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Bringing More Efficiency When You Work from Home

Bringing More Efficiency When You Work from Home
Work from Home

    There are a fair number of people who work from home. Though it can be very convenient to work from home, the choice can bring its own set of problems. One major problem arises from the very nature of the work involved you to be at home while you earn a living. Mothers have to tend to children and fathers are also expected to probably lend in a hand for household chores. There is also a desire to spend time with the children during their working hours.

    Home environment is not always conducive to work and requires organizing not only your time but also your workspace in a way that a balance is struck between the two. You naturally want to do justice to both your family and work.

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    It is not all that difficult to manage your work and family / children when you are working from home. If you get down thinking about it, the only difference is that instead of getting up in the morning to dress and leave for office you are working at home. It is this variation in situation that you have to manage first.

    Having a separate room that you can call your office is an advantage but if you do not have a spare room, you can designate any area within a room or kitchen that can serve the purpose. This will go a long way to indicate to the family and kids that when you are sitting there; you are working and are not be disturbed.

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    In the event that you have a spare room from where you work from, ensure that it gives an appearance of an office and that everything you need is nearby. Going out of your home office to fetch things in the family rooms can distract you from your assigned work. If the room you call your office is doubling up as something else too then it will be a good idea to place your files and folders in a manner that they are easily accessible.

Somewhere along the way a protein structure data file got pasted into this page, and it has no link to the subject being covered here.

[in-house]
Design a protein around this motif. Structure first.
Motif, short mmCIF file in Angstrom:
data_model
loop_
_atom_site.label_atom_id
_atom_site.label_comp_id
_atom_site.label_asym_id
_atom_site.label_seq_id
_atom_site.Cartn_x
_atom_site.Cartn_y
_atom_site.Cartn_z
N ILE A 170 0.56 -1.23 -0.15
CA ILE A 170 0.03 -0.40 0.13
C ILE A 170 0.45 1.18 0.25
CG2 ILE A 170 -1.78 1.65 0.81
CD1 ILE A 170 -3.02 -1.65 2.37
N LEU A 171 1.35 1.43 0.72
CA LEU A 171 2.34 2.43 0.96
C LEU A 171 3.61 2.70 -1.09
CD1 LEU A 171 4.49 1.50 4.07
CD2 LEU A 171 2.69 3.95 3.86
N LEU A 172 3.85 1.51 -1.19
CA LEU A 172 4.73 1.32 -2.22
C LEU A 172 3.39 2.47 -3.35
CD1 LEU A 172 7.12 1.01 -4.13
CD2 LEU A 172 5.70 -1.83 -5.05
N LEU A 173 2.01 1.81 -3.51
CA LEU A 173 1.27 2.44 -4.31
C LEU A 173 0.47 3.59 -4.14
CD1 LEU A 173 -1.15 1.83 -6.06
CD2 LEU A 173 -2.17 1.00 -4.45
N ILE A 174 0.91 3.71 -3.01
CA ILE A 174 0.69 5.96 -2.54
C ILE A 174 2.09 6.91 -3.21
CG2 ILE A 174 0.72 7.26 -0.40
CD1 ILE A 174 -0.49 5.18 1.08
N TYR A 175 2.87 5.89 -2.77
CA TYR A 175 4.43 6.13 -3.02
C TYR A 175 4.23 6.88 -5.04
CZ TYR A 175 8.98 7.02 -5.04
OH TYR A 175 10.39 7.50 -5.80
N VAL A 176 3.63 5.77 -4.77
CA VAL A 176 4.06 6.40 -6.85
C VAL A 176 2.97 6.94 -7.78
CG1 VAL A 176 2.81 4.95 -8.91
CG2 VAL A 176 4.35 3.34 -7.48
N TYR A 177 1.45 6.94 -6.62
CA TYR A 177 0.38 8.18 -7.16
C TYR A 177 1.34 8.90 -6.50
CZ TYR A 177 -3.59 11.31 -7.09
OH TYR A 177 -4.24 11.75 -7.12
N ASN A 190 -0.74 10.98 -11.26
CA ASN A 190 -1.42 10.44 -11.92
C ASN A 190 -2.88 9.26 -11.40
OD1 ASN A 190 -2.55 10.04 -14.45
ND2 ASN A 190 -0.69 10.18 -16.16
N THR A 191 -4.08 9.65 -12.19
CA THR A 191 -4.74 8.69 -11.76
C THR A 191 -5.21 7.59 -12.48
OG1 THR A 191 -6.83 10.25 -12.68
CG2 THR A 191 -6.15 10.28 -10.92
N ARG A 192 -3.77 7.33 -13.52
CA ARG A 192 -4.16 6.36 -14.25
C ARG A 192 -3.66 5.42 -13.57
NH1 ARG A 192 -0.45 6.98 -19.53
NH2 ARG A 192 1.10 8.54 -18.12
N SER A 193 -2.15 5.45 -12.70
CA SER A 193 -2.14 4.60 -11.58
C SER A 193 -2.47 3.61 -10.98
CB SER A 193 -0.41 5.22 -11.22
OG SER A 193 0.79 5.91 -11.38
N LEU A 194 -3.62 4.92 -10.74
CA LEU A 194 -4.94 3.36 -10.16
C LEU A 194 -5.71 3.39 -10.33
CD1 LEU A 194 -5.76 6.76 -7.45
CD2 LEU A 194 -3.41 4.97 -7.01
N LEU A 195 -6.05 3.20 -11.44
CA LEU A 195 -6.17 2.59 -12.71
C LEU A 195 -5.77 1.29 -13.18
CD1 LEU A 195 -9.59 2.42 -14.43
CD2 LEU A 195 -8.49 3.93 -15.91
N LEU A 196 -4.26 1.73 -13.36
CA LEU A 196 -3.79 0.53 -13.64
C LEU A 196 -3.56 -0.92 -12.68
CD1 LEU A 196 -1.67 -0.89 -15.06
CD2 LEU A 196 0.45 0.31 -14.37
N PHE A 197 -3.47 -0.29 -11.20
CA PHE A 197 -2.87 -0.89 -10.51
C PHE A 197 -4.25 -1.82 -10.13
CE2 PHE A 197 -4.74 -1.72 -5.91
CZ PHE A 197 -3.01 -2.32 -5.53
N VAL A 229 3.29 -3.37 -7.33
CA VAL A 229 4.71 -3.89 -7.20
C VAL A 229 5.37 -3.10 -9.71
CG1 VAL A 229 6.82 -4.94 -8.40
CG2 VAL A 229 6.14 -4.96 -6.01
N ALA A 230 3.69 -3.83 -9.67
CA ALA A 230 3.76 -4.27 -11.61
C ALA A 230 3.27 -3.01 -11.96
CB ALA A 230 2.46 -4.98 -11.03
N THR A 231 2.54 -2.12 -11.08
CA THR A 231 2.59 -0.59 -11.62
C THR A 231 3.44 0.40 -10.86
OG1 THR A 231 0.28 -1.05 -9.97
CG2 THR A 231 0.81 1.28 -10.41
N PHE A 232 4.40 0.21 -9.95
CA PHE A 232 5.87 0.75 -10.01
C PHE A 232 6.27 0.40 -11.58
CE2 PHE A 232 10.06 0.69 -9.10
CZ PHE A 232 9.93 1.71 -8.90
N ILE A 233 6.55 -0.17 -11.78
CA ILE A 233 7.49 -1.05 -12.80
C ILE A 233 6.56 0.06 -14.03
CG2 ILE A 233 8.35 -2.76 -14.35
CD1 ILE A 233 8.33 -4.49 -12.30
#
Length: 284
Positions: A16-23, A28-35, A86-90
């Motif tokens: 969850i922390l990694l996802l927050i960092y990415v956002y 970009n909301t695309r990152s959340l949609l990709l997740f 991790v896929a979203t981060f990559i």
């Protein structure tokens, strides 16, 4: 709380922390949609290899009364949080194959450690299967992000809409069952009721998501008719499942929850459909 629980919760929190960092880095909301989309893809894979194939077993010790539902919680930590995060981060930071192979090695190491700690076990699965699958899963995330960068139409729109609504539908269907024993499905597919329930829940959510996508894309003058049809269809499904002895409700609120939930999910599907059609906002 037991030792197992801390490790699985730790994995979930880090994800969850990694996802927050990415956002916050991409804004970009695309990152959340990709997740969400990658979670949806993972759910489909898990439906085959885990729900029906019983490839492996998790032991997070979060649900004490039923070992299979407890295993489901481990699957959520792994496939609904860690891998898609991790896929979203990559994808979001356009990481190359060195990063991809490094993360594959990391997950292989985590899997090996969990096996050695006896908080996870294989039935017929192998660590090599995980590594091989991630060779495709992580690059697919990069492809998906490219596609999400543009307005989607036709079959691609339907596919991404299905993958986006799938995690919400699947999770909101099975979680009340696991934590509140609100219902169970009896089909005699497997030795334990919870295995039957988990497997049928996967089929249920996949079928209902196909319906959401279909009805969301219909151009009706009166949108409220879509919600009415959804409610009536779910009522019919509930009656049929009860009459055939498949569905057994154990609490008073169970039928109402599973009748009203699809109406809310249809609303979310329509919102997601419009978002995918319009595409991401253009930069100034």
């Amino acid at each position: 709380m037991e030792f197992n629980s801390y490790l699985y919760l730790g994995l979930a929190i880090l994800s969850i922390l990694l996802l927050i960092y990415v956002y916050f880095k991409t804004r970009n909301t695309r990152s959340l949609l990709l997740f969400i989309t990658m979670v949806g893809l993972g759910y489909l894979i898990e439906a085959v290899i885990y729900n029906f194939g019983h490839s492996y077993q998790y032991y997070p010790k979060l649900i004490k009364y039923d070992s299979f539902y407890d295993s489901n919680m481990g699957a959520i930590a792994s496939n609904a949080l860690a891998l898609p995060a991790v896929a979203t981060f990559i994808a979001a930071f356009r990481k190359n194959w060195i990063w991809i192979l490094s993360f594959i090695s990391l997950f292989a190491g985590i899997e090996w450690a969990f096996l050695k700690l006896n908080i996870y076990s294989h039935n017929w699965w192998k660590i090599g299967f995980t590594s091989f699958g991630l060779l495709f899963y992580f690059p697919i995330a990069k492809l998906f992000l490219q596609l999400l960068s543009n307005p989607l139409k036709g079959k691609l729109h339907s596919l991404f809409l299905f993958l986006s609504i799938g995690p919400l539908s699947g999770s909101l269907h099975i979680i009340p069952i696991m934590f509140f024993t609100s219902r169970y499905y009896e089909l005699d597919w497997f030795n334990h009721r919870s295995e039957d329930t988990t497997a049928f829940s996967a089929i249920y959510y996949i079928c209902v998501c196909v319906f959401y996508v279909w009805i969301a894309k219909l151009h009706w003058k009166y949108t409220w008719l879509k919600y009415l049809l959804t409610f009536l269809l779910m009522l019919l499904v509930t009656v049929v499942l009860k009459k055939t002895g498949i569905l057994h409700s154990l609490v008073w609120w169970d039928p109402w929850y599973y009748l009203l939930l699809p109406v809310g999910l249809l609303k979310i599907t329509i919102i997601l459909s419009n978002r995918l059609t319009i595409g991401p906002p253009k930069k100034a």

Having managed your work place you then have to attend to your time schedule. As you are working from home you can expect to be disturbed by social and familial duties during your working hours and the other way round.

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    Time management while working from home is as important as your having an earmarked office space. It requires scheduling your hours of work in a manner that you can attend to your work without being disturbed.

    Just because your working hours are not rigid when you are working from home they need not be so flexible that you loose the distinction between work and home life. It feels nice to have a break and spend time with family and kids but that can harm your work. The best way out is to have fixed office hours even if you are at home. The art of the game is to make the flexible working hours to work to your advantage rather than letting them hamper your work.

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    You can achieve this by scheduling your work well in advance. You have chosen to be your own master by working from home. It is just a change in the environment and not in the circumstances. There are certain things that come naturally when you are working in an office away from home. It is simply a matter of bringing the office discipline home. You have to adhere to that discipline during hours that you have earmarked for work. Some of those disciplines can be made to apply to your work at home situation by:

    • Conveying your office hours to family members, friends and relatives.
    • Switching on the answering machine during office hours.
    • Resisting temptations of working late simply because you are working from home.
    • Understanding the fact that just because you are working from home, you do not have to be always available for work.

    In the end, no matter how organized and disciplined you are, the very nature of working at home is that you are bound to get distracted. You have to make this to work to your advantage. If you are distracted, instead of getting agitated, take a break and consolidate your thoughts. This in a way can help you to come back to your work with renewed vigor.

    Being self-employed is a tough job. Working from home is even tougher. But this does not necessitate that you put your family life at stake. The art of balancing your work and family life, even when working from home, is a simple task and easily learned if you are inclined to.

    Vishal P. Rao runs the Work at Home Forum, an online community of those who work from home.

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    The Gentle Art of Saying No

    The Gentle Art of Saying No

    No!

    It’s a simple fact that you can never be productive if you take on too many commitments — you simply spread yourself too thin and will not be able to get anything done, at least not well or on time.